How European Cities are Building Tech Capitals*

No, I’m NOT writing yet another article on which city of London, Paris or Berlin is going to be Europe’s leading startup city. I think that debate is well overplayed and quite frankly a pointless conversation to have. But – as many of you already know – what has fascinated me over the last few years has been watching how the European ecosystem is developing and how different cities are building tech capitals and in very different ways.

TechCity this, TechCity that.

TechCity. London. UK. They’re practically synonyms now. What an awesome brand. And I think many other European governments would agree, perhaps begrudgingly. Also known as “Silicon Roundabout” or “East London Tech City” (according to Wikipedia), is a rather successful attempt to transform East London into a British version of Silicon Valley. Many European cities have attempted to do this, including France’s Sophia Antipolis. However, the UK government has done a terrific job at building a local ecosystem; rumors claim that the area only had 15 tech/startup companies in 2008 and today could well have up to 5,000 – according to an article in Wired.

A recent article in the Economist claims that London moved faster than both London and Paris in creating this type of local ecosystem and that it already boasts some terrific successes, noting King.com, Moo, Last.fm and several others.

But beyond TechCity, one initiative I have been a huge fan of (and I’m clearly not alone) is that of Google Campus. I’ve written about the space before (although, yes, it was a while ago*), although in not very much detail. What I particularly like about the space is that it essentially houses an entire ecosystem; key actors like Startup Weekend, Seedcamp, TechHub and then offers a terrific free coworking/coffeeshop and an events space as well. Way to go Eze Vidra.

Berlin’s New Block.

I admit that I know far less about Berlin’s ecosystem when compared to London or Paris. But one initiative that blew my mind when I was in Berlin not too long ago was The Factory. Announced earlier this year and named apparently after the UK’s Factory Records, this startup space is said to span up to 16,000 square meters (this is the surface I was told by the team although it seems there have been other numbers published here, here and here). The space is completely privately funded and will host some Berlin’s hottest startups in one central location, including Soundcloud, 6Wunderkinder and the likes. The space – which is currently under construction and said to be ready in Spring 2014 – is essentially an entire block of startup space.

Check out the video by VentureVillage, you can even visit the underground bar they discovered during construction.

What I like in particular about the approach to The Factory is that it’s a completely different approach to TechCity London. It’s not led by the government, it’s not striving to give Berlin a TechCity-like brand. It’s essentially a response that recognizes some of the difficulties of the Berlin ecosystem, for example, being too dispersed and spread out.

A recent and rather depressing article in The Economist claims that Germany’s problem is that it does not innovate. The article mentions the same boring clichés we hear all over Europe (lack of funding, absence of sexy IPOs, blahblah) and fails to mention any new initiatives or companies, sticking simply to Rocket Internet and Xing as its main examples. Now, I’m no expert in German startups, but I think this article does not at all reflect the reality of Germany’s growing startup capital. But I could be wrong.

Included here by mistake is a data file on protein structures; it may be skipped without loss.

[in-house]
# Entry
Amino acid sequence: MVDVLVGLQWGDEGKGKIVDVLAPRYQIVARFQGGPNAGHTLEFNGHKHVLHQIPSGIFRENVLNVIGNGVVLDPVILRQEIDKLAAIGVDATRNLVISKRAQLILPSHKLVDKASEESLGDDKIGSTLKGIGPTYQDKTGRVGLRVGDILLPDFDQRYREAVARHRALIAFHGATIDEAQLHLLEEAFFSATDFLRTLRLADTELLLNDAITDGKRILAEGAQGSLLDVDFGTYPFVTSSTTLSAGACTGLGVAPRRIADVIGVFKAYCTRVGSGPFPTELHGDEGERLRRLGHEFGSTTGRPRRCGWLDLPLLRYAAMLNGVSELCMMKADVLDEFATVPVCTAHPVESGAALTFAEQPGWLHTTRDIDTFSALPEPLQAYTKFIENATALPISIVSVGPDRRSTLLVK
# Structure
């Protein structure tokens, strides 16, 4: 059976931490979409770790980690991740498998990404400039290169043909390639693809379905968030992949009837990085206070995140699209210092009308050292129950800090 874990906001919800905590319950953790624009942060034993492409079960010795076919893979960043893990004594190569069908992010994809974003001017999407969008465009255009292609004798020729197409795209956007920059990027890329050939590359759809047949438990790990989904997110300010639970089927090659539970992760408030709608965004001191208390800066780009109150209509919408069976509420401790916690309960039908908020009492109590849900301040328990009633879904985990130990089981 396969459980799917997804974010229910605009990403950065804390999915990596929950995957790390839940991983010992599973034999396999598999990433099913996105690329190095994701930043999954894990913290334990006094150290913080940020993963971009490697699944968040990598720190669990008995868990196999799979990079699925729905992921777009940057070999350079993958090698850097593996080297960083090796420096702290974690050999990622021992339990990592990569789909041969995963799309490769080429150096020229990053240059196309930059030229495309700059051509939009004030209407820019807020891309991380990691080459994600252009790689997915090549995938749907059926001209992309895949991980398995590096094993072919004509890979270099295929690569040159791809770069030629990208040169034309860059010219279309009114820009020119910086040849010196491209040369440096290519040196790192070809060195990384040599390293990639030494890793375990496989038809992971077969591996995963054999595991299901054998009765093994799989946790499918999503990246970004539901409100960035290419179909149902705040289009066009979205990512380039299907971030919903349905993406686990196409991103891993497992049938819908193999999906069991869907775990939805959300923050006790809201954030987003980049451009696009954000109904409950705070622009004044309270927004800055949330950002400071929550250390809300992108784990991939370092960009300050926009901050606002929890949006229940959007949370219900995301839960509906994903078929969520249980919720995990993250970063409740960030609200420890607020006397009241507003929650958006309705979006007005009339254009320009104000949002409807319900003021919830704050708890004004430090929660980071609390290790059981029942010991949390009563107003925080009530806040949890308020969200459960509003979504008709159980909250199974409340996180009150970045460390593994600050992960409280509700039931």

Paris: 1,000 startups and counting.

Naturally everyone has now heard about France’s plans to build the biggest startup incubator in the…world. Led and funded 90% by Free/Iliad’s Xavier Niel, the space plans to host up to 1000 startups. That’s Dave McClure x2. Announced officially on September 25th, the surface is 30,000 square meters and will likely include a fablab and even some administrative organizations to help French simplify the lives of French startups.

While Paris doesn’t really have a shortage of coworking and startup spaces (seems there is a new one popping up just about every day), this initiative will not only help to consolidate the ecosystem but will also help to simplify administrative headaches given that there will be administrative groups on site. And the numbers alone make it by far one of the most ambitious projects to come out of Europe and will definitely put the Paris ecosystem on the map.

Almost forgot Europe’s “other” countries.

Seems we spend so much time focusing on London, Paris and Berlin (like I said, annoying debate) that we tend to forget to look at what is going on in the other European countries. For example, Portugal. In June, Bloomberg highlighted the nation’s capital city and growing startup scene, including local players like Startup Lisboa.


  Please note: this video is not in English :)

There are lots of other initiatives from around Europe that deserve to be highlighted as well (feel free to post more in the comments) but what I particularly like seeing is an initiative that communicates on an international level but is able to respond to a local need.

* Yes, I haven’t written in a while. Thanks for noticing :)

One thought on “How European Cities are Building Tech Capitals*

Leave a Reply

Fill in your details below or click an icon to log in:

WordPress.com Logo

You are commenting using your WordPress.com account. Log Out / Change )

Twitter picture

You are commenting using your Twitter account. Log Out / Change )

Facebook photo

You are commenting using your Facebook account. Log Out / Change )

Google+ photo

You are commenting using your Google+ account. Log Out / Change )

Connecting to %s